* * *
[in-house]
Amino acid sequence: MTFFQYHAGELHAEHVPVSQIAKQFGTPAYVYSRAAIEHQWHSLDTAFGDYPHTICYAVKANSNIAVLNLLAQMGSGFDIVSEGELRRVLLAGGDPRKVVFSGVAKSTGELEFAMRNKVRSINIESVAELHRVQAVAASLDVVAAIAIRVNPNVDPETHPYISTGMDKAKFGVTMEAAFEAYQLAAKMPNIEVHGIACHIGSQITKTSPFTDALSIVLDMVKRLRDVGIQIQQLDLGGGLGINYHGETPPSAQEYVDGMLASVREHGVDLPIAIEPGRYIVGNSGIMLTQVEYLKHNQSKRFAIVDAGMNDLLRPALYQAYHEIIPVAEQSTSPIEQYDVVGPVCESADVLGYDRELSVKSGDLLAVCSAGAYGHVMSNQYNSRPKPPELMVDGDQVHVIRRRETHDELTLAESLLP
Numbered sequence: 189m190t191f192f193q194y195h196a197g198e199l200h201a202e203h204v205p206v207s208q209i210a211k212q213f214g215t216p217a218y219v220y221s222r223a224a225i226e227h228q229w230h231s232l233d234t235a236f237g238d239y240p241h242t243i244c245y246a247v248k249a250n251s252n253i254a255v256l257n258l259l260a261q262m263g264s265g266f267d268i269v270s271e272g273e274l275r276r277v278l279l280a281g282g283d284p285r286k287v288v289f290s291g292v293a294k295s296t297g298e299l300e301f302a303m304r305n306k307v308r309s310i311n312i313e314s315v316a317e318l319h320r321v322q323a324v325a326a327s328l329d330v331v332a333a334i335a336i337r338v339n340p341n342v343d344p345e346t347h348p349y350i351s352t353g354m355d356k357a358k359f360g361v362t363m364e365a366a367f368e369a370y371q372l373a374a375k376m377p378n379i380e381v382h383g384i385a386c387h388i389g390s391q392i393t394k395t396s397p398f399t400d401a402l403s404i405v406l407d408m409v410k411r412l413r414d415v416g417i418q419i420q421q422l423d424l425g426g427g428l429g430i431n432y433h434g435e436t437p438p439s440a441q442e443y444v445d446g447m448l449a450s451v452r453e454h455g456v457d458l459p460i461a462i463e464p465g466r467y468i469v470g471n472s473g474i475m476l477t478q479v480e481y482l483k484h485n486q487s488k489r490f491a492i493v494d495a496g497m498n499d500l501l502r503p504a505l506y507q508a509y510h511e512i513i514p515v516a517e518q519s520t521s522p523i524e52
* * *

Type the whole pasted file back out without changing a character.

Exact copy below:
[in-house]
Amino acid sequence: MTFFQYHAGELHAEHVPVSQIAKQFGTPAYVYSRAAIEHQWHSLDTAFGDYPHTICYAVKANSNIAVLNLLAQMGSGFDIVSEGELRRVLLAGGDPRKVVFSGVAKSTGELEFAMRNKVRSINIESVAELHRVQAVAASLDVVAAIAIRVNPNVDPETHPYISTGMDKAKFGVTMEAAFEAYQLAAKMPNIEVHGIACHIGSQITKTSPFTDALSIVLDMVKRLRDVGIQIQQLDLGGGLGINYHGETPPSAQEYVDGMLASVREHGVDLPIAIEPGRYIVGNSGIMLTQVEYLKHNQSKRFAIVDAGMNDLLRPALYQAYHEIIPVAEQSTSPIEQYDVVGPVCESADVLGYDRELSVKSGDLLAVCSAGAYGHVMSNQYNSRPKPPELMVDGDQVHVIRRRETHDELTLAESLLP
Numbered sequence: 189m190t191f192f193q194y195h196a197g198e199l200h201a202e203h204v205p206v207s208q209i210a211k212q213f214g215t216p217a218y219v220y221s222r223a224a225i226e227h228q229w230h231s232l233d234t235a236f237g238d239y240p241h242t243i244c245y246a247v248k249a250n251s252n253i254a255v256l257n258l259l260a261q262m263g264s265g266f267d268i269v270s271e272g273e274l275r276r277v278l279l280a281g282g283d284p285r286k287v288v289f290s291g292v293a294k295s296t297g298e299l300e301f302a303m304r305n306k307v308r309s310i311n312i313e314s315v316a317e318l319h320r321v322q323a324v325a326a327s328l329d330v331v332a333a334i335a336i337r338v339n340p341n342v343d344p345e346t347h348p349y350i351s352t353g354m355d356k357a358k359f360g361v362t363m364e365a366a367f368e369a370y371q372l373a374a375k376m377p378n379i380e381v382h383g384i385a386c387h388i389g390s391q392i393t394k395t396s397p398f399t400d401a402l403s404i405v406l407d408m409v410k411r412l413r414d415v416g417i418q419i420q421q422l423d424l425g426g427g428l429g430i431n432y433h434g435e436t437p438p439s440a441q442e443y444v445d446g447m448l449a450s451v452r453e454h455g456v457d458l459p460i461a462i463e464p465g466r467y468i469v470g471n472s473g474i475m476l477t478q479v480e481y482l483k484h485n486q487s488k489r490f491a492i493v494d495a496g497m498n499d500l501l502r503p504a505l506y507q508a509y510h511e512i513i514p515v516a517e518q519s520t521s522p523i524e52